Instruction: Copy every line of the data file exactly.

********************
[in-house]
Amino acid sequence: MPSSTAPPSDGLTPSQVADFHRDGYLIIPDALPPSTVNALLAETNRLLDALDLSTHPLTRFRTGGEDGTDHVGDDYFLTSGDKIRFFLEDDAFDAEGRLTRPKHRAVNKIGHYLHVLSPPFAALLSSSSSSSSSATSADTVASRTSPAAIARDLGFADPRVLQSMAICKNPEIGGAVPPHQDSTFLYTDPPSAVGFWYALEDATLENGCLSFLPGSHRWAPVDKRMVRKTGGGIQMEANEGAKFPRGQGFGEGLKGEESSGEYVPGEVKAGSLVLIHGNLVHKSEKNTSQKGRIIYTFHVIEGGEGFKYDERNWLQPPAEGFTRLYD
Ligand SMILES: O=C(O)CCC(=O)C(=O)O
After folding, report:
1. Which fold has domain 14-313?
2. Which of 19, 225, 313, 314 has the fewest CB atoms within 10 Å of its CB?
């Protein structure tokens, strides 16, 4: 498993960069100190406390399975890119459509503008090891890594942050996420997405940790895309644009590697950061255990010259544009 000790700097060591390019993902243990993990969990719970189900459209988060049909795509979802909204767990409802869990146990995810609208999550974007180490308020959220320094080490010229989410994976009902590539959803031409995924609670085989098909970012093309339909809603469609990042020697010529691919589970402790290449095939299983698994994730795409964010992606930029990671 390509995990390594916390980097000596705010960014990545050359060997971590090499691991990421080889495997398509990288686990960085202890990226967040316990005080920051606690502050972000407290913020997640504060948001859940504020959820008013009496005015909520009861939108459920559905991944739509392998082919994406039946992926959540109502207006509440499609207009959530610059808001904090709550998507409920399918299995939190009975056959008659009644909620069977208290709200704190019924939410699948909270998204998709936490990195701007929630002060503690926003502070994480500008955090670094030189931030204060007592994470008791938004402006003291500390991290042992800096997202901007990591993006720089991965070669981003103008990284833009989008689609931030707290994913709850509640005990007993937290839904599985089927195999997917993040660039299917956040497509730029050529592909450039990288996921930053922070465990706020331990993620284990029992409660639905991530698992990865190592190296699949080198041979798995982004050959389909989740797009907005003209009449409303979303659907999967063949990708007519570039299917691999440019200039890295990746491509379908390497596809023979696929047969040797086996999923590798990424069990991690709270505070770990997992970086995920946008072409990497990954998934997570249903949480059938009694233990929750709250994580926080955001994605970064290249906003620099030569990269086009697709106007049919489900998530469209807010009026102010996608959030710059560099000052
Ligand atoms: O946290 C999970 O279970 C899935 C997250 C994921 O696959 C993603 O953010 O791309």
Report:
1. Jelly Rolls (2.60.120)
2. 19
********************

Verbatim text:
[in-house]
Amino acid sequence: MPSSTAPPSDGLTPSQVADFHRDGYLIIPDALPPSTVNALLAETNRLLDALDLSTHPLTRFRTGGEDGTDHVGDDYFLTSGDKIRFFLEDDAFDAEGRLTRPKHRAVNKIGHYLHVLSPPFAALLSSSSSSSSSATSADTVASRTSPAAIARDLGFADPRVLQSMAICKNPEIGGAVPPHQDSTFLYTDPPSAVGFWYALEDATLENGCLSFLPGSHRWAPVDKRMVRKTGGGIQMEANEGAKFPRGQGFGEGLKGEESSGEYVPGEVKAGSLVLIHGNLVHKSEKNTSQKGRIIYTFHVIEGGEGFKYDERNWLQPPAEGFTRLYD
Ligand SMILES: O=C(O)CCC(=O)C(=O)O
After folding, report:
1. Which fold has domain 14-313?
2. Which of 19, 225, 313, 314 has the fewest CB atoms within 10 Å of its CB?
């Protein structure tokens, strides 16, 4: 498993960069100190406390399975890119459509503008090891890594942050996420997405940790895309644009590697950061255990010259544009 000790700097060591390019993902243990993990969990719970189900459209988060049909795509979802909204767990409802869990146990995810609208999550974007180490308020959220320094080490010229989410994976009902590539959803031409995924609670085989098909970012093309339909809603469609990042020697010529691919589970402790290449095939299983698994994730795409964010992606930029990671 390509995990390594916390980097000596705010960014990545050359060997971590090499691991990421080889495997398509990288686990960085202890990226967040316990005080920051606690502050972000407290913020997640504060948001859940504020959820008013009496005015909520009861939108459920559905991944739509392998082919994406039946992926959540109502207006509440499609207009959530610059808001904090709550998507409920399918299995939190009975056959008659009644909620069977208290709200704190019924939410699948909270998204998709936490990195701007929630002060503690926003502070994480500008955090670094030189931030204060007592994470008791938004402006003291500390991290042992800096997202901007990591993006720089991965070669981003103008990284833009989008689609931030707290994913709850509640005990007993937290839904599985089927195999997917993040660039299917956040497509730029050529592909450039990288996921930053922070465990706020331990993620284990029992409660639905991530698992990865190592190296699949080198041979798995982004050959389909989740797009907005003209009449409303979303659907999967063949990708007519570039299917691999440019200039890295990746491509379908390497596809023979696929047969040797086996999923590798990424069990991690709270505070770990997992970086995920946008072409990497990954998934997570249903949480059938009694233990929750709250994580926080955001994605970064290249906003620099030569990269086009697709106007049919489900998530469209807010009026102010996608959030710059560099000052
Ligand atoms: O946290 C999970 O279970 C899935 C997250 C994921 O696959 C993603 O953010 O791309």
Report:
1. Jelly Rolls (2.60.120)
2. 19